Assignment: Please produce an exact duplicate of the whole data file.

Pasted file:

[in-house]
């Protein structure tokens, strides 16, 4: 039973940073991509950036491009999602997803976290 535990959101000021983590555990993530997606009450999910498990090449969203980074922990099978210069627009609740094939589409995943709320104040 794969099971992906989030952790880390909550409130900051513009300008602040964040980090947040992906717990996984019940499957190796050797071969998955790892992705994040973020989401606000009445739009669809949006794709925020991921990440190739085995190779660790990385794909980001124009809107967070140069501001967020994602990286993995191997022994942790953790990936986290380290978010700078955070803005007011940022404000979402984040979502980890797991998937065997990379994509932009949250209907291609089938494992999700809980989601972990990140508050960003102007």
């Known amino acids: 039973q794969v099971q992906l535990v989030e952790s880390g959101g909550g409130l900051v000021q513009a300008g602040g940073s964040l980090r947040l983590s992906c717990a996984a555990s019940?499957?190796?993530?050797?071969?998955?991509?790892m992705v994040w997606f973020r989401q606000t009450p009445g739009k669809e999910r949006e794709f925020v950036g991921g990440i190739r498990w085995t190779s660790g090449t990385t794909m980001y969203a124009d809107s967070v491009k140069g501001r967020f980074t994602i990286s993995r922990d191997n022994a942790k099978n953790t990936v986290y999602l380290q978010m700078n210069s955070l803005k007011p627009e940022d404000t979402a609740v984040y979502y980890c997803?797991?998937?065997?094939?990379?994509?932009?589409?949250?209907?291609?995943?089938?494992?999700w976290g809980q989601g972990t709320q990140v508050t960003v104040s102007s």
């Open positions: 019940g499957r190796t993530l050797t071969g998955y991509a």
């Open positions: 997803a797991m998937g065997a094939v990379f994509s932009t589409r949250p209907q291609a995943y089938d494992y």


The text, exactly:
[in-house]
């Protein structure tokens, strides 16, 4: 039973940073991509950036491009999602997803976290 535990959101000021983590555990993530997606009450999910498990090449969203980074922990099978210069627009609740094939589409995943709320104040 794969099971992906989030952790880390909550409130900051513009300008602040964040980090947040992906717990996984019940499957190796050797071969998955790892992705994040973020989401606000009445739009669809949006794709925020991921990440190739085995190779660790990385794909980001124009809107967070140069501001967020994602990286993995191997022994942790953790990936986290380290978010700078955070803005007011940022404000979402984040979502980890797991998937065997990379994509932009949250209907291609089938494992999700809980989601972990990140508050960003102007």
């Known amino acids: 039973q794969v099971q992906l535990v989030e952790s880390g959101g909550g409130l900051v000021q513009a300008g602040g940073s964040l980090r947040l983590s992906c717990a996984a555990s019940?499957?190796?993530?050797?071969?998955?991509?790892m992705v994040w997606f973020r989401q606000t009450p009445g739009k669809e999910r949006e794709f925020v950036g991921g990440i190739r498990w085995t190779s660790g090449t990385t794909m980001y969203a124009d809107s967070v491009k140069g501001r967020f980074t994602i990286s993995r922990d191997n022994a942790k099978n953790t990936v986290y999602l380290q978010m700078n210069s955070l803005k007011p627009e940022d404000t979402a609740v984040y979502y980890c997803?797991?998937?065997?094939?990379?994509?932009?589409?949250?209907?291609?995943?089938?494992?999700w976290g809980q989601g972990t709320q990140v508050t960003v104040s102007s």
């Open positions: 019940g499957r190796t993530l050797t071969g998955y991509a």
């Open positions: 997803a797991m998937g065997a094939v990379f994509s932009t589409r949250p209907q291609a995943y089938d494992y």